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Haiti | International

Human Rights Groups Commend UN for Acknowledging “Band-Aid” Approach to Haiti Cholera
by Brian Concannon ( brian [at] ijdh.org )
Friday May 11th, 2012 1:07 PM
Thursday, May 10, 2012, Port-au-Prince, Haiti and Boston, USA—Rights groups in Haiti and the United States commend last week’s acknowledgment by United Nations official Nigel Fisher that the current efforts to alleviate cholera in Haiti are “patchwork, band-aid work on a fundamental problem.”
FOR IMMEDIATE RELEASE
Contact:
Brian Concannon, Jr., Esq., Institute for Justice & Democracy in Haiti, brian [at] ijdh.org, +1-617-652-0876 (English, French, Creole)
Mario Joseph, Av., Bureau des Avocats Internationaux, (in Haiti), mario [at] ijdh.org, +509-3701-9879 (Creole, French, English)

Fisher, the UN Resident and Humanitarian Coordinator for Haiti, acknowledged in a May 3rd interview with the UN News Centre that “What we are doing in the short-term … is necessary, but we all agree that the long-term solution is investment in improved drinking water sources and in waste management.”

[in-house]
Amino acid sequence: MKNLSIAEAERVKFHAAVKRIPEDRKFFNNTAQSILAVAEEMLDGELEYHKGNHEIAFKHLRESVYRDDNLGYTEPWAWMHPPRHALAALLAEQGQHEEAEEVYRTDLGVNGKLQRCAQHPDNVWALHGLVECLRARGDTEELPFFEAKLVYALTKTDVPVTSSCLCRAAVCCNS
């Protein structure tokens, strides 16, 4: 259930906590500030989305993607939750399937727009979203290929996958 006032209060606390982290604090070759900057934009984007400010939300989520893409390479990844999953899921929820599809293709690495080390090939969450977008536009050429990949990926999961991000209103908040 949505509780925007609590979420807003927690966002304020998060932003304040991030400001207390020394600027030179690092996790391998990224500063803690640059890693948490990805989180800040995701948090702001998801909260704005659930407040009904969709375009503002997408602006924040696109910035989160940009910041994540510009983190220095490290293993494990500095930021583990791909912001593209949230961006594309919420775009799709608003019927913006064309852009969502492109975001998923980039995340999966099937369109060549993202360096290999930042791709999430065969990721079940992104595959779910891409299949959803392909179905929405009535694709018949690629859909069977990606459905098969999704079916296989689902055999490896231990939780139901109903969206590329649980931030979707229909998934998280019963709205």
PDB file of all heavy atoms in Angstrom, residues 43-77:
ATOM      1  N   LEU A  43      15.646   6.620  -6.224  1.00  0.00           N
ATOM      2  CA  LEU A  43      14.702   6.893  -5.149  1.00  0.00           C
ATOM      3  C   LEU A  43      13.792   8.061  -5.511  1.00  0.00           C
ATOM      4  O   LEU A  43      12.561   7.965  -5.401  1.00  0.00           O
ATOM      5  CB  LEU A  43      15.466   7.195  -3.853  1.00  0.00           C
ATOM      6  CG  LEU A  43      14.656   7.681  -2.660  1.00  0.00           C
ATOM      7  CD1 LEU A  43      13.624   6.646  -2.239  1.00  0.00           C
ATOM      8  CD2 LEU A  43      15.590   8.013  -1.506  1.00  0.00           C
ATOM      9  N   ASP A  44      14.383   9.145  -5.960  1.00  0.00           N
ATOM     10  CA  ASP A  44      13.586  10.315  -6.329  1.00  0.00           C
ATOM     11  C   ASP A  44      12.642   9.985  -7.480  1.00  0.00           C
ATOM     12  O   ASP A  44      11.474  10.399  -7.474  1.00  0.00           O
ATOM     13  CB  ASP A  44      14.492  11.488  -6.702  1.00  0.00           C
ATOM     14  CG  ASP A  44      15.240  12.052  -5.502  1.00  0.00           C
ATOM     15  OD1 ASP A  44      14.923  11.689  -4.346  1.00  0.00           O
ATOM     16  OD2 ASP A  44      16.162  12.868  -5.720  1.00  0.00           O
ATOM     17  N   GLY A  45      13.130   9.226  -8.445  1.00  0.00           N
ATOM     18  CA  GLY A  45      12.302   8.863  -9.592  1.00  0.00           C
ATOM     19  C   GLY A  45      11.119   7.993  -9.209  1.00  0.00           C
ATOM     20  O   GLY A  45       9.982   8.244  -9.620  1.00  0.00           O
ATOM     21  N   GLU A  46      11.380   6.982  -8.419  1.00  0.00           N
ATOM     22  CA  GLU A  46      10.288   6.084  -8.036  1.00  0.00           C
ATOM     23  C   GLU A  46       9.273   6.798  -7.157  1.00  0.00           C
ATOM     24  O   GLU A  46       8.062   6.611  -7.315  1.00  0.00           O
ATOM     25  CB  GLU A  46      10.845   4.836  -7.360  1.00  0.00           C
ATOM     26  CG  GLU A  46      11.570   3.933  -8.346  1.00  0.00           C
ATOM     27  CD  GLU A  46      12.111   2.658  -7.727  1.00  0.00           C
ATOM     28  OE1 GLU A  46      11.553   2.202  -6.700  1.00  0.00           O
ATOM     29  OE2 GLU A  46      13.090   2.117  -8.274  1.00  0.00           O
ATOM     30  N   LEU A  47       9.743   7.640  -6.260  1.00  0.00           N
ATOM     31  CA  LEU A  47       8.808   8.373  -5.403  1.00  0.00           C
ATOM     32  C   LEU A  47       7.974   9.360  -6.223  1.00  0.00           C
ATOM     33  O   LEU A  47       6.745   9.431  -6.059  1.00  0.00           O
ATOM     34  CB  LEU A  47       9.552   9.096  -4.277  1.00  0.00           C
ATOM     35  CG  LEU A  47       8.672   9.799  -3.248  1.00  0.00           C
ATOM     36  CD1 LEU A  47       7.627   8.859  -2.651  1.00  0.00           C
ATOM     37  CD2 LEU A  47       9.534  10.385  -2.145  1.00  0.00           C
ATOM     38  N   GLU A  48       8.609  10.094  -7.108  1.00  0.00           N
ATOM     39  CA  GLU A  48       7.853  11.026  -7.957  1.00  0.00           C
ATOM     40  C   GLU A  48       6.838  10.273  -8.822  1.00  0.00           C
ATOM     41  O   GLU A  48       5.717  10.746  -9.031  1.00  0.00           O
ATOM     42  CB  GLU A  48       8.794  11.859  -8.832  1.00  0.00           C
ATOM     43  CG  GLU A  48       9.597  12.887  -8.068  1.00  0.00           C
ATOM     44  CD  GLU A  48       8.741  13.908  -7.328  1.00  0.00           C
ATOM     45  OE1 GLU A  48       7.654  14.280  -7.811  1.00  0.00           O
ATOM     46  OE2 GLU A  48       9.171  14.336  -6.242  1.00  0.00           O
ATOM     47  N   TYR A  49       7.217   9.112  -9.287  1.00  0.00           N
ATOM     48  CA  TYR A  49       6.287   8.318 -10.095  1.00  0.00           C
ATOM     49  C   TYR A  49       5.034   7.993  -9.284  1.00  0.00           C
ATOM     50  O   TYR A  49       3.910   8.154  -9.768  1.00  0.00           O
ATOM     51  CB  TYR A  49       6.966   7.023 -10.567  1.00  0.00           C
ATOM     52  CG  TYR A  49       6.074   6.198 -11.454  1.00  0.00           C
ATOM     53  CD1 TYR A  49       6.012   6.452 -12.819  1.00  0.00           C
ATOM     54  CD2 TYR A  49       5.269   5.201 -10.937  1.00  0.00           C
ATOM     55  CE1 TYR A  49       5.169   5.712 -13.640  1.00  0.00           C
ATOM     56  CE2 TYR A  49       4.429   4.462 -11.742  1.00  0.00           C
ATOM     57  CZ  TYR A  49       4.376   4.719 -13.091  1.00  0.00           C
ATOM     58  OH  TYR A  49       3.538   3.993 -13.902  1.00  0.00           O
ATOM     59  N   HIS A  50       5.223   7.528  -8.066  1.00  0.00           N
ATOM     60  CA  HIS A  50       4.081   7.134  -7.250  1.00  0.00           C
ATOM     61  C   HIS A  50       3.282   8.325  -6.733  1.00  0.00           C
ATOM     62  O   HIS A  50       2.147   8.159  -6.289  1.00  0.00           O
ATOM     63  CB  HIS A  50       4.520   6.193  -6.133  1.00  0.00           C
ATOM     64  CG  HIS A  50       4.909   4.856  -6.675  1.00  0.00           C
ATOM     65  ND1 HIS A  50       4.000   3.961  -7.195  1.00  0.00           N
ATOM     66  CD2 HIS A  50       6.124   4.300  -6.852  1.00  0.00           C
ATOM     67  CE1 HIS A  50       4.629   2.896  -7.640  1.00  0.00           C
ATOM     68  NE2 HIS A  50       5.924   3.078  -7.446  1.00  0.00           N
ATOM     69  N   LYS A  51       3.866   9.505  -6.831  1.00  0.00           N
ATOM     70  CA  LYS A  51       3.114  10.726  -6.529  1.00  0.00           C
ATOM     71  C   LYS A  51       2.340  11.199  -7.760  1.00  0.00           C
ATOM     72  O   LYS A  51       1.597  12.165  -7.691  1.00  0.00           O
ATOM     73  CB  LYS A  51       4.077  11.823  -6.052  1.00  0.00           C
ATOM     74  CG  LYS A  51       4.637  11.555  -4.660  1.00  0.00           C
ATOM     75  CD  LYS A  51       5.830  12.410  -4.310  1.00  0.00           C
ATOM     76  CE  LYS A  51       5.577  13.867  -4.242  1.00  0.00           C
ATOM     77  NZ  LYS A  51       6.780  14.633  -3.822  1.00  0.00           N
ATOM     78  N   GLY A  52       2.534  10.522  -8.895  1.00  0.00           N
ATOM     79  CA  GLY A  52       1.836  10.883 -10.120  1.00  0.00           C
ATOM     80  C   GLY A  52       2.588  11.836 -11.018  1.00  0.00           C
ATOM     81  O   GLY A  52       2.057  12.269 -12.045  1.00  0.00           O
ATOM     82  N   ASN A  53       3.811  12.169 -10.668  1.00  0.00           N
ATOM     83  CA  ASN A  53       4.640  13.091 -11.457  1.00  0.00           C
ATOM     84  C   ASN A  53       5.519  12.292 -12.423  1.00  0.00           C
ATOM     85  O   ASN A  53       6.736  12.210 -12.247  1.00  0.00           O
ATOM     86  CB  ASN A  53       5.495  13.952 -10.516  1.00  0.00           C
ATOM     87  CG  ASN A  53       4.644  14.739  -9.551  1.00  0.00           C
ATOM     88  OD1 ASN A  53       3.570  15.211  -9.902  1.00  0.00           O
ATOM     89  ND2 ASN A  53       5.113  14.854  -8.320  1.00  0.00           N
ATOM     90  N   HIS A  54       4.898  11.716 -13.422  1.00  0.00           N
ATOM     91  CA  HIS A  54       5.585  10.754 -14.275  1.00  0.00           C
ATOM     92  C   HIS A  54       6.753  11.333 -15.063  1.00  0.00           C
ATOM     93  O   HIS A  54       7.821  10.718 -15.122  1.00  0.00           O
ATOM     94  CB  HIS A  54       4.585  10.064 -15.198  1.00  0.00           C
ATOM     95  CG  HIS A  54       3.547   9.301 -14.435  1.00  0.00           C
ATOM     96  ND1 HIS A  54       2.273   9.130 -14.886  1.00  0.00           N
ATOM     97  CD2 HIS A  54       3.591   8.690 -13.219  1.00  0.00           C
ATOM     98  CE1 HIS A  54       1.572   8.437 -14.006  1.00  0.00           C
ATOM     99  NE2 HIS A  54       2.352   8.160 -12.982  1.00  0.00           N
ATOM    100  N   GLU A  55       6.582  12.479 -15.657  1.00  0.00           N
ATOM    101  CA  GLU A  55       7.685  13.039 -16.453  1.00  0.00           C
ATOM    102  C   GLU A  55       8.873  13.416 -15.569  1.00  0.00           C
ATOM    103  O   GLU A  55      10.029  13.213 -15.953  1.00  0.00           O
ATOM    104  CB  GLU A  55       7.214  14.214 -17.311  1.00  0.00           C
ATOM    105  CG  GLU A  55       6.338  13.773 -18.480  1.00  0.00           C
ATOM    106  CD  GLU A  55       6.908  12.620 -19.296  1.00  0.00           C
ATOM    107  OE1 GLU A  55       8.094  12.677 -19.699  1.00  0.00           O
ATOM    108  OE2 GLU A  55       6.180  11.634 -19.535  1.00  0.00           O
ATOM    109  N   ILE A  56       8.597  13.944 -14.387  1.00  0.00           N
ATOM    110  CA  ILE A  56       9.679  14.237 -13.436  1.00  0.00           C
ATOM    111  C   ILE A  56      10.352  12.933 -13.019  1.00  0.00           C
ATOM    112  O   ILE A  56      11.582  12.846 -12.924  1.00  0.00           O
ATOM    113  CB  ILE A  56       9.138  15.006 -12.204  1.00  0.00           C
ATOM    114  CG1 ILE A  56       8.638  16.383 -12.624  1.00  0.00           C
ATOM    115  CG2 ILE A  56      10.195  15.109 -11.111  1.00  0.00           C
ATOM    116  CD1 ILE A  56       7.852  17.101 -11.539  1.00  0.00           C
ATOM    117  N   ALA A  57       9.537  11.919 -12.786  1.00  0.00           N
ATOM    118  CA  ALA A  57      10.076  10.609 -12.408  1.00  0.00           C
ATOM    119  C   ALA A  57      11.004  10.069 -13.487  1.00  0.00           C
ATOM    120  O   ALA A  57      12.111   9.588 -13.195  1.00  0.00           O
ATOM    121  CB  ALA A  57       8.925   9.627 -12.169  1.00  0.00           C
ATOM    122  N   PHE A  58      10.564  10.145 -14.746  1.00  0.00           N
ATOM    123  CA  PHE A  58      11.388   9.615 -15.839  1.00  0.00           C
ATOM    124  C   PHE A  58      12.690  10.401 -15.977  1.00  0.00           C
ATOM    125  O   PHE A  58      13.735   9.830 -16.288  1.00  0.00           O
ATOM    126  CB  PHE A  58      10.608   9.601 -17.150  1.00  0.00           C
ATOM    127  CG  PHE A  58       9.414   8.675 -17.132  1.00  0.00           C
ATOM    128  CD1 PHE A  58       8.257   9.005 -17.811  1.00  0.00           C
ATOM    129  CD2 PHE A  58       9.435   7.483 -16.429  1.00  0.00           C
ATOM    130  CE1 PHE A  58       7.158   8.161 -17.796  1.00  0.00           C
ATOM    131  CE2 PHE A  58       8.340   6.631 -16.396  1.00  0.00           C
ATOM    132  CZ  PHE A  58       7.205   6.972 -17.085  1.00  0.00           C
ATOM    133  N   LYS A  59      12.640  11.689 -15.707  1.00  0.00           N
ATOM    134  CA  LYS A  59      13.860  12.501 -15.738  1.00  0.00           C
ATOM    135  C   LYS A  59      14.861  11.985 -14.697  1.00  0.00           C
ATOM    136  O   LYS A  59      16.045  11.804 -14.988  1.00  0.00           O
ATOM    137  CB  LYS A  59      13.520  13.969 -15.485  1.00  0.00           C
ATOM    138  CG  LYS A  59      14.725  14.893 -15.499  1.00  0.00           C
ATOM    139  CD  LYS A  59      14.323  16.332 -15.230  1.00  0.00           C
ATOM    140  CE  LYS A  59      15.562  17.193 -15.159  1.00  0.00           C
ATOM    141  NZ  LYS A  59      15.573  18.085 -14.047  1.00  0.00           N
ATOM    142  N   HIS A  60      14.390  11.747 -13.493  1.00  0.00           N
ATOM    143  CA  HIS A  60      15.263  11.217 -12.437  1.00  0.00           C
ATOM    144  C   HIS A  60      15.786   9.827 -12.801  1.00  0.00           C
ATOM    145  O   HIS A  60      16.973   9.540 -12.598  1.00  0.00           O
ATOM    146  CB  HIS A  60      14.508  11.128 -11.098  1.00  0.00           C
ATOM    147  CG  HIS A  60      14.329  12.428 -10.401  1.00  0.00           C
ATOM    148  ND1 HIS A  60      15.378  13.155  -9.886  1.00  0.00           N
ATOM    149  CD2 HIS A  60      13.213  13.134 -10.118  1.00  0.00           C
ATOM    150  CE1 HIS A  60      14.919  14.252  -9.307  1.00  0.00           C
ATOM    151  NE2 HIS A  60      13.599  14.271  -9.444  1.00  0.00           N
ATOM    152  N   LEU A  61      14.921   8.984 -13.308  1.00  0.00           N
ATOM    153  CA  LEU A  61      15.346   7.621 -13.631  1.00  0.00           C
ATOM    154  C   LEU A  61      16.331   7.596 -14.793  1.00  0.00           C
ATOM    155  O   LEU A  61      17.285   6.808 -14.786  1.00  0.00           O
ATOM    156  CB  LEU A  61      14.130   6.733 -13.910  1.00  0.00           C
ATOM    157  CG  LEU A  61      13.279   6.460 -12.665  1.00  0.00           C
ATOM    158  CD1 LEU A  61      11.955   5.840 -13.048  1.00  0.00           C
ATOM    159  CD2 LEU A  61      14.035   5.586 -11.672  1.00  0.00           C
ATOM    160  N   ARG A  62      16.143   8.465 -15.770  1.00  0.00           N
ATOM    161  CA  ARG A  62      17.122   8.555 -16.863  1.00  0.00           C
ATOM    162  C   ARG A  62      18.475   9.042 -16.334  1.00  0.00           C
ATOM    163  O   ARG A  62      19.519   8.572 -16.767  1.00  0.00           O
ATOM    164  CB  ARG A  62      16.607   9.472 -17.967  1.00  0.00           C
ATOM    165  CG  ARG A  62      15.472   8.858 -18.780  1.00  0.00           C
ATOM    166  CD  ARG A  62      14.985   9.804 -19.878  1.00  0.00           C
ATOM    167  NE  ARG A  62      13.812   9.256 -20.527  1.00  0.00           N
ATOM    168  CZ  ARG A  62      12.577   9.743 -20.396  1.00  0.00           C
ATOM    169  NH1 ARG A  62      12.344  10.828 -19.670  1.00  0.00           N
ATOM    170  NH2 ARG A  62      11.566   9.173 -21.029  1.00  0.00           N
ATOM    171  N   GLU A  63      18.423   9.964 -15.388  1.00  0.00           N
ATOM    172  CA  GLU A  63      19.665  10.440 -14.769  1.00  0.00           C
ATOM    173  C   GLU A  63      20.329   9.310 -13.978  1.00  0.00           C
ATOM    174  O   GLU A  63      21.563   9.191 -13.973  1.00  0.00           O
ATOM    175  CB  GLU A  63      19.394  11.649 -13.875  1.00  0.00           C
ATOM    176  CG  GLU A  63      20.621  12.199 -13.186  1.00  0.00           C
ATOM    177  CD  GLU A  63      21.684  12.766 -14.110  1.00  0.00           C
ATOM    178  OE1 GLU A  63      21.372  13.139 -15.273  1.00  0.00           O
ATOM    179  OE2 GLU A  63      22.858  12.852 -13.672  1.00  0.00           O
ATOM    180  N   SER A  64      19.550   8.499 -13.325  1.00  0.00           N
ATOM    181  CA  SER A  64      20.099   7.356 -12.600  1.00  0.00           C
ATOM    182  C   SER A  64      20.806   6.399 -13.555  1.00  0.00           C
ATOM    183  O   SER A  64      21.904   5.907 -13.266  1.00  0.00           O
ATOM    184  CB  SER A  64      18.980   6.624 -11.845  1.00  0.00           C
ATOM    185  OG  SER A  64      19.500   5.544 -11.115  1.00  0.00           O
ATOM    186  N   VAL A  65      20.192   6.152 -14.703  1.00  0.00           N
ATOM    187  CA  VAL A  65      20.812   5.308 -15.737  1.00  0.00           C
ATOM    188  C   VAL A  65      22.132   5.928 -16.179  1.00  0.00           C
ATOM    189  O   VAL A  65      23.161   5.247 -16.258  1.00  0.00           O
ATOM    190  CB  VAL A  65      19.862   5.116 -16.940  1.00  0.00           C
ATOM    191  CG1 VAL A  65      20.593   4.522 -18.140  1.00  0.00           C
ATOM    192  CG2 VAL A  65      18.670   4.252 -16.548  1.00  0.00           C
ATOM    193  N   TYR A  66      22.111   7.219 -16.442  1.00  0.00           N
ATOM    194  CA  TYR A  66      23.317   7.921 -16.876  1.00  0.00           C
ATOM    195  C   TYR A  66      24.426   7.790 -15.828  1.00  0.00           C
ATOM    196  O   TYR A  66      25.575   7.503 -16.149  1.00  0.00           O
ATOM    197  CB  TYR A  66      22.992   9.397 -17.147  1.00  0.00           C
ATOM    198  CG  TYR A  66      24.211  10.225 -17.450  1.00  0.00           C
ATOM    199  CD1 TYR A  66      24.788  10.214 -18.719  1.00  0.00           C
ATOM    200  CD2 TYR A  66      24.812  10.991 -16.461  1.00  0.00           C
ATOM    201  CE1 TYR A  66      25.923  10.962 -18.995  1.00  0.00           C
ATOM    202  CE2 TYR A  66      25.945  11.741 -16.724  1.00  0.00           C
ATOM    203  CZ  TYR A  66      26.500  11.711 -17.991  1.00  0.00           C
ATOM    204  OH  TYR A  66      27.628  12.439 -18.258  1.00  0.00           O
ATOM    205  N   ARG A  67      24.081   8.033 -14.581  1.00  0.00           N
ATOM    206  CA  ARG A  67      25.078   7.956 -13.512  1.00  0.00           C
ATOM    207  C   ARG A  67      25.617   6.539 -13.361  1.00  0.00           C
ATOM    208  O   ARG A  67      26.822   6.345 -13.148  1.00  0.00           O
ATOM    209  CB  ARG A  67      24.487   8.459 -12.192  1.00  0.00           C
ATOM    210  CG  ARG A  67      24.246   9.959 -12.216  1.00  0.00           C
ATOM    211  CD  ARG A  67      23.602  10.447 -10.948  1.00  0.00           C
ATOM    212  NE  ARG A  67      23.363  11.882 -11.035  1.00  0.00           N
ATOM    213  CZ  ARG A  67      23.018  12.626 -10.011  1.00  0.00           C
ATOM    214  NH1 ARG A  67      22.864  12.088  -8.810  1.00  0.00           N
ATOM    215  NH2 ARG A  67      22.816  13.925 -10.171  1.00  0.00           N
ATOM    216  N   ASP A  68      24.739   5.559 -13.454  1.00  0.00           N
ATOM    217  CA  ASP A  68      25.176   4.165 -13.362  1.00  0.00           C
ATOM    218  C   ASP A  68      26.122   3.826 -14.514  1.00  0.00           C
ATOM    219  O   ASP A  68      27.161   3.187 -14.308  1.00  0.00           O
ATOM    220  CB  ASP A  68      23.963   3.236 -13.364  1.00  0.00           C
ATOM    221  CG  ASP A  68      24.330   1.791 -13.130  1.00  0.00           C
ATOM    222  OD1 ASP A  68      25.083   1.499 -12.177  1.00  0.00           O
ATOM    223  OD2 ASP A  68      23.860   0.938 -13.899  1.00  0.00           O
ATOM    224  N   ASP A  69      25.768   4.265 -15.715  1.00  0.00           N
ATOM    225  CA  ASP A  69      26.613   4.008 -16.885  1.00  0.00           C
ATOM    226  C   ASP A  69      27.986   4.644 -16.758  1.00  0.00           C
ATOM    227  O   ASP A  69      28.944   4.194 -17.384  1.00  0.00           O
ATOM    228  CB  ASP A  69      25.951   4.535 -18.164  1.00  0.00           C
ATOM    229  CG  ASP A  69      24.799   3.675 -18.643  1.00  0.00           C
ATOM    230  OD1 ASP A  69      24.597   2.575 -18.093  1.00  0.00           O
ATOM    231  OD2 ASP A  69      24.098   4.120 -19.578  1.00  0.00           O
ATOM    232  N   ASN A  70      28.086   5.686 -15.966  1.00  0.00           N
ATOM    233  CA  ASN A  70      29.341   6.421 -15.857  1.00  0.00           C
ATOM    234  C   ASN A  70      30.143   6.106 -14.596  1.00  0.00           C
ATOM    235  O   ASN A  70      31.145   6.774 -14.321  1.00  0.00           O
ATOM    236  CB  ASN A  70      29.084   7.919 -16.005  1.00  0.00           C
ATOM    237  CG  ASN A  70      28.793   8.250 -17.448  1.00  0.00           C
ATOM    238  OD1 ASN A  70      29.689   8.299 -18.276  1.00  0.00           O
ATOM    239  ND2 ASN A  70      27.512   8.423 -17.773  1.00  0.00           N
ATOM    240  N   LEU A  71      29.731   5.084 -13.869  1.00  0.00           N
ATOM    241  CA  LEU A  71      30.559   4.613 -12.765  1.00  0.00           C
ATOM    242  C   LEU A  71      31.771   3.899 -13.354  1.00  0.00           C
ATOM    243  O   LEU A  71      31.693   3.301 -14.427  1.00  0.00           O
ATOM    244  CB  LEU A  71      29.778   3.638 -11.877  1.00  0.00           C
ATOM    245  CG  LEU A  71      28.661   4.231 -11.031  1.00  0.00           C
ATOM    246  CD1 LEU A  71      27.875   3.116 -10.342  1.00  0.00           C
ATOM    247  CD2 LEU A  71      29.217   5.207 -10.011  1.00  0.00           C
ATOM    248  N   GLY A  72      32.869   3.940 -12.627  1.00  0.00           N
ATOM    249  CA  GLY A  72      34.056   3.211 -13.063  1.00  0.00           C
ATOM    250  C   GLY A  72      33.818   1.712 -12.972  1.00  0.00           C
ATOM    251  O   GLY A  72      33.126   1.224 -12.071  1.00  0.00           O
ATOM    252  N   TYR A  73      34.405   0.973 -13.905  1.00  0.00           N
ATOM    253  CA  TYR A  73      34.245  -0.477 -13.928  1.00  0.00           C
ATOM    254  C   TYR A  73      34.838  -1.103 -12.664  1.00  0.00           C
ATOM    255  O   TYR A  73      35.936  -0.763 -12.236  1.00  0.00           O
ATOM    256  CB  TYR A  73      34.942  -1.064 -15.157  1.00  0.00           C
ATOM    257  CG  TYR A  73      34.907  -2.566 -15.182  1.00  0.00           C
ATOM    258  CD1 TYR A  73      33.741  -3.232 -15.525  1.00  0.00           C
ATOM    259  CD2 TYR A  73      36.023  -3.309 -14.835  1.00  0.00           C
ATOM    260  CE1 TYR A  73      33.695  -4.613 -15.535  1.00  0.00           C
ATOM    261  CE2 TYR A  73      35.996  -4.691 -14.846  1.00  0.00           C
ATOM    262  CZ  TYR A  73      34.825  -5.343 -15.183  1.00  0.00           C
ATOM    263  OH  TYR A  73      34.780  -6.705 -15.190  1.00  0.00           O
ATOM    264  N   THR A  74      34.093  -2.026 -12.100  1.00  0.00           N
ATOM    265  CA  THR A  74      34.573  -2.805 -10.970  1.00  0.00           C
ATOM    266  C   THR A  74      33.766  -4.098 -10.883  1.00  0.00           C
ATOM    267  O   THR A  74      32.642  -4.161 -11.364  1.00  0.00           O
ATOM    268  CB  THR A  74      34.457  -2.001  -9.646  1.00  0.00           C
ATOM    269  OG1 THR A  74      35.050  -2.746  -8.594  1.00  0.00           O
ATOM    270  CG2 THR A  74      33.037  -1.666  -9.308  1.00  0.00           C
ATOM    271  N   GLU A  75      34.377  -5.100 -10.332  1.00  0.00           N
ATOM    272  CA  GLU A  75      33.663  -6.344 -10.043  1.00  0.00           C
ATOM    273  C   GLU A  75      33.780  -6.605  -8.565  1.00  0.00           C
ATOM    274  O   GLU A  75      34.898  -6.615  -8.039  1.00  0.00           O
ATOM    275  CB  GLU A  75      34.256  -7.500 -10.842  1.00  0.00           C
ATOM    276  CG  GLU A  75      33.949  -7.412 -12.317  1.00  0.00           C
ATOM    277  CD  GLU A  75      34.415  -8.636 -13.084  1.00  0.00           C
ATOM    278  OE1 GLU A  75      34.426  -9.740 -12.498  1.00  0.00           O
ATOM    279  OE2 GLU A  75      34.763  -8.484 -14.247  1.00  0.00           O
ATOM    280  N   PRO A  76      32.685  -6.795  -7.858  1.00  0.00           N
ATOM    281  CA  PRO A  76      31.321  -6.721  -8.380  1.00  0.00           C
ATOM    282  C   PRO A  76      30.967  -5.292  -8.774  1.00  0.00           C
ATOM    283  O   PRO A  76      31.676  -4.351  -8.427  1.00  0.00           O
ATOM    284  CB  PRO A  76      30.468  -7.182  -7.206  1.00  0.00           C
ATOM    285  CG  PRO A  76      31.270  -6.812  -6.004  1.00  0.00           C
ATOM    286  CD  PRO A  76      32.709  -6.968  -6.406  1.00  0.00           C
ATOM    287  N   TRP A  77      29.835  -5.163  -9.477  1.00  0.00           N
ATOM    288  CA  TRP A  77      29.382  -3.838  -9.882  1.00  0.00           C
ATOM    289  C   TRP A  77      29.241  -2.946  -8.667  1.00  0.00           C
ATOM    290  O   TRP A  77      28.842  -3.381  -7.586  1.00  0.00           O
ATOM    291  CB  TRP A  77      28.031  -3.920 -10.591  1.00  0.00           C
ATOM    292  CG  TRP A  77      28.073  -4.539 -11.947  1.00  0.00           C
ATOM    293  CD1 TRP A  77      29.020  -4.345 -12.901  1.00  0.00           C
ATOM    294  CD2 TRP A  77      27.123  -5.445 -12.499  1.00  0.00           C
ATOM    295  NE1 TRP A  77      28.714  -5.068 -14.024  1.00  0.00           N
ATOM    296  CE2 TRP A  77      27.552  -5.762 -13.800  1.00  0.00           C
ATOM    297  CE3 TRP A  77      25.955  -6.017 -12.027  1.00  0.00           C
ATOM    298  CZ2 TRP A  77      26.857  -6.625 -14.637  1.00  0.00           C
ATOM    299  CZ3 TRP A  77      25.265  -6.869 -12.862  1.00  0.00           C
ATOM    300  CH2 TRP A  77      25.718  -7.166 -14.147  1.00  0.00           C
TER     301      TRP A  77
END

“Mr. Fisher’s statement is a strong step in the right direction towards a sustainable response to the UN cholera epidemic,” said Brian Concannon Jr., Director of the Institute for Justice & Democracy in Haiti (IJDH) and an attorney on a case filed by 5,000 cholera victims against the UN last November. He added, “Now the UN needs to take responsibility for its harmful actions and actually start installing the comprehensive water and sanitation infrastructure that is the only long-term solution to the cholera epidemic.”

Numerous studies, including a report by the UN’s Independent Panel of Experts, establish that UN peacekeepers introduced cholera into Haiti in October 2010. The epidemic is now the world’s worst. It has killed over 7,200 people and sickened over 530,000. Mr. Fisher warned that the epidemic could infect as many as 200,000 people in 2012 alone. UN agencies estimate the cost of controlling the epidemic by installing comprehensive clean water and sanitation in Haiti at $746 million - $1.1 billion.

“Of course the UN can afford to pay for permanent solutions to cholera,” said Mario Joseph, Director of Bureau des Avocats Internationaux, and the lead attorney on the case against the UN. “If the UN shortened the peacekeeping mission’s mandate by just one year, that would save $800 million. Fewer ‘boots on the ground’ and more wells in the ground would save tens of thousands of lives every decade. That is peace keeping.”

For more information about Haiti’s cholera epidemic and the victims’ fight for justice, see http://www.ijdh.org.